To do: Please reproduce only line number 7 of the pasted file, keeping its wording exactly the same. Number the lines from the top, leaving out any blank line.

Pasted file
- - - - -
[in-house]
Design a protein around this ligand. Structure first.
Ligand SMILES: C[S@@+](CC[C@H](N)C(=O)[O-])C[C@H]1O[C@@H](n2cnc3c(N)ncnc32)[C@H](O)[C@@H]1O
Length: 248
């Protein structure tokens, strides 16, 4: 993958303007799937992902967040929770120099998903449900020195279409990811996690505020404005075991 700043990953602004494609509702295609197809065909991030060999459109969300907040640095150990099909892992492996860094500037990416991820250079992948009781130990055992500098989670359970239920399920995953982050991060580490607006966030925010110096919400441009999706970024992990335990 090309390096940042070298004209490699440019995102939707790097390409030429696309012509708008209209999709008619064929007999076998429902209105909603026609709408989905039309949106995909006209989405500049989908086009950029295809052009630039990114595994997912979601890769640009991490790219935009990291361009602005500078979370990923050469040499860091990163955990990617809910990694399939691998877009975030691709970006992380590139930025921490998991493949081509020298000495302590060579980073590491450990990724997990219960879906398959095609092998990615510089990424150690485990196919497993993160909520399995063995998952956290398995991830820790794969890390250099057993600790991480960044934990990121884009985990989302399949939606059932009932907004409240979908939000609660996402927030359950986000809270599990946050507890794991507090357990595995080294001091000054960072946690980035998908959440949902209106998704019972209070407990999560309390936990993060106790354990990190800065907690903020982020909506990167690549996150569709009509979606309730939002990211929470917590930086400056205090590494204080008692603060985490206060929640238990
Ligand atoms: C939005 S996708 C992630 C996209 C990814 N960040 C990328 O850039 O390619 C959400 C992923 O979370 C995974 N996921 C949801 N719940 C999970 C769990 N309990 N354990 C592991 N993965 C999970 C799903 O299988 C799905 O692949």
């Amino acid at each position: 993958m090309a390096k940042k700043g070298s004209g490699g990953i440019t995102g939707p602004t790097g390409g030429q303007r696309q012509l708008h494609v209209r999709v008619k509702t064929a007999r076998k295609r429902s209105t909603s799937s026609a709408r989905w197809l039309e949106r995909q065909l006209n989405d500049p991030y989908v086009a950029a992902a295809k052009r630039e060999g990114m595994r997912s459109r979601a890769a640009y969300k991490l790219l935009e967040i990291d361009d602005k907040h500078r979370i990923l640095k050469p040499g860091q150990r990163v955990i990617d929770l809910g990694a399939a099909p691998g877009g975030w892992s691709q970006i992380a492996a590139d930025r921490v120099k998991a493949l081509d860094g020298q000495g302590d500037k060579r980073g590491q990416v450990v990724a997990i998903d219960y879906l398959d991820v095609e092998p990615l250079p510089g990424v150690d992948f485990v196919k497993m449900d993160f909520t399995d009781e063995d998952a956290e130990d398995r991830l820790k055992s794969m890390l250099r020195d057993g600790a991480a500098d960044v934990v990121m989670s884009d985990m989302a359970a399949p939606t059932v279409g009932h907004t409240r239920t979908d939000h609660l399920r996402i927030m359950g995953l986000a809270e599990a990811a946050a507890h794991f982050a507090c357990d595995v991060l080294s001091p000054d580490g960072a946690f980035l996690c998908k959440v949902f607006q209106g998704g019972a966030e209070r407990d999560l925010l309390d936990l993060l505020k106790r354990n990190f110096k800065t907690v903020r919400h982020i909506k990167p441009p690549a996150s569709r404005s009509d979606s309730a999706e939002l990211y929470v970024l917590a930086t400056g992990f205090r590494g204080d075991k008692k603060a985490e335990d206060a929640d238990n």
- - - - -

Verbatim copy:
């Amino acid at each position: 993958m090309a390096k940042k700043g070298s004209g490699g990953i440019t995102g939707p602004t790097g390409g030429q303007r696309q012509l708008h494609v209209r999709v008619k509702t064929a007999r076998k295609r429902s209105t909603s799937s026609a709408r989905w197809l039309e949106r995909q065909l006209n989405d500049p991030y989908v086009a950029a992902a295809k052009r630039e060999g990114m595994r997912s459109r979601a890769a640009y969300k991490l790219l935009e967040i990291d361009d602005k907040h500078r979370i990923l640095k050469p040499g860091q150990r990163v955990i990617d929770l809910g990694a399939a099909p691998g877009g975030w892992s691709q970006i992380a492996a590139d930025r921490v120099k998991a493949l081509d860094g020298q000495g302590d500037k060579r980073g590491q990416v450990v990724a997990i998903d219960y879906l398959d991820v095609e092998p990615l250079p510089g990424v150690d992948f485990v196919k497993m449900d993160f909520t399995d009781e063995d998952a956290e130990d398995r991830l820790k055992s794969m890390l250099r020195d057993g600790a991480a500098d960044v934990v990121m989670s884009d985990m989302a359970a399949p939606t059932v279409g009932h907004t409240r239920t979908d939000h609660l399920r996402i927030m359950g995953l986000a809270e599990a990811a946050a507890h794991f982050a507090c357990d595995v991060l080294s001091p000054d580490g960072a946690f980035l996690c998908k959440v949902f607006q209106g998704g019972a966030e209070r407990d999560l925010l309390d936990l993060l505020k106790r354990n990190f110096k800065t907690v903020r919400h982020i909506k990167p441009p690549a996150s569709r404005s009509d979606s309730a999706e939002l990211y929470v970024l917590a930086t400056g992990f205090r590494g204080d075991k008692k603060a985490e335990d206060a929640d238990n």